A brief analysis of depictions of dirt and the body in Djuna Barnes’s 1937 novel “Nightwood”, assessing the interrelation with emotion and identity.
Rilke’s engagement with the abject (Kristeva) through the writer of the “Notebooks” is examined in the context of modernity’s attempt to purify and order reality.
Despite its B-movie release in 1973, “The Wicker Man” now ranks in the top one hundred twentieth-century British films. Depicting a clash between Christianity and pagan belief systems, the film raises perplexing questions concerning morality and cultural domination. The remote Scottish island community that has regressed to pagan barbarity…[Read more]
Nineteenth century British writers and artists looked back to, and in some cases attempted to claim a cultural heritage not their own. Rather than appealing to the indigenous Germanic and Celtic mythos, the literature, art, and culture of Ancient Greece provided a palliative to contemporary anxieties regarding social order, cultural achievement,…[Read more]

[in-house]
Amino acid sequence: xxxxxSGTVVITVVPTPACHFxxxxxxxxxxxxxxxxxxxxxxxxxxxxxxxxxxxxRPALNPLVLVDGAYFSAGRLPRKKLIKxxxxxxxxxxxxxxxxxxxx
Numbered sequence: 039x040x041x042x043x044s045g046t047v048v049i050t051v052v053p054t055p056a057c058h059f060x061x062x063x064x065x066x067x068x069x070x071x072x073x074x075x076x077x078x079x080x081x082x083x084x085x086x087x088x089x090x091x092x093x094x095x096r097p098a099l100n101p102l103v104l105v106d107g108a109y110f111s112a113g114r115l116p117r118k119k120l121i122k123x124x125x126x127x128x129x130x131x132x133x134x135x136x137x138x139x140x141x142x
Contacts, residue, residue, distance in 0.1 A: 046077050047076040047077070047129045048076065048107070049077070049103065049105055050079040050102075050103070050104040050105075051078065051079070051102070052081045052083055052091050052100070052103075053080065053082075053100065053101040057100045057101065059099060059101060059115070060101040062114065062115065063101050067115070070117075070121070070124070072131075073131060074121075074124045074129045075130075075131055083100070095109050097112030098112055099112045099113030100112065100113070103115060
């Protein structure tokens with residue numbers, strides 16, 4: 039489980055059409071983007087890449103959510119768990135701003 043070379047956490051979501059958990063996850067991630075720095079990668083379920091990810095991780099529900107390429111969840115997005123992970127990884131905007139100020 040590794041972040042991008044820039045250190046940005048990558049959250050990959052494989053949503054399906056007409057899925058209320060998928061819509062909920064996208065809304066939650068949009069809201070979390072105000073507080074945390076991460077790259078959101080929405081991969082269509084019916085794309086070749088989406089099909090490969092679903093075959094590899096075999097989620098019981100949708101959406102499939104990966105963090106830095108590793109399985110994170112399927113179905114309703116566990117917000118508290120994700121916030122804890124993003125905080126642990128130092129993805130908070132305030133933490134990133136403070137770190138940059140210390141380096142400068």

Wordsworth’s “Tintern Abbey” is in essence an exploration of the poet’s internal transformation in relation to the natural landscape and the memory of landscape. This process of maturation enables Wordsworth to experience and reflect upon nature’s beauty rather than simply enjoy its immediate sensation. The poem’s emphasis on pleasure derived fro…[Read more]
The paper argues that the obvious class conflict characterizing John Osborne’s “Look Back in Anger” is inseparable from and complicated by considerations of education/intellect and masculinity/virility, and relatedly that Osborne’s designation as an “Angry Young Man” intertwines with the work’s manifestations as text and performance. Two dramati…[Read more]
This paper briefly examines the (New) English identities of the primary characters in Nathaniel Hawthorne’s “The Scarlett Letter”, suggesting that their individual negotiations of landscape and homeland are are, like the ties of love between them, complex and contradictory.
This study proposes that the novels associated with the early 1960s cinematic “British New Wave,” though popularly representative of Northern England, have suffered from under-reading with respect to place-specific identity. Contemporary journalistic construction of the “angry young man,” and subsequent working class-focused analyses obscure…[Read more]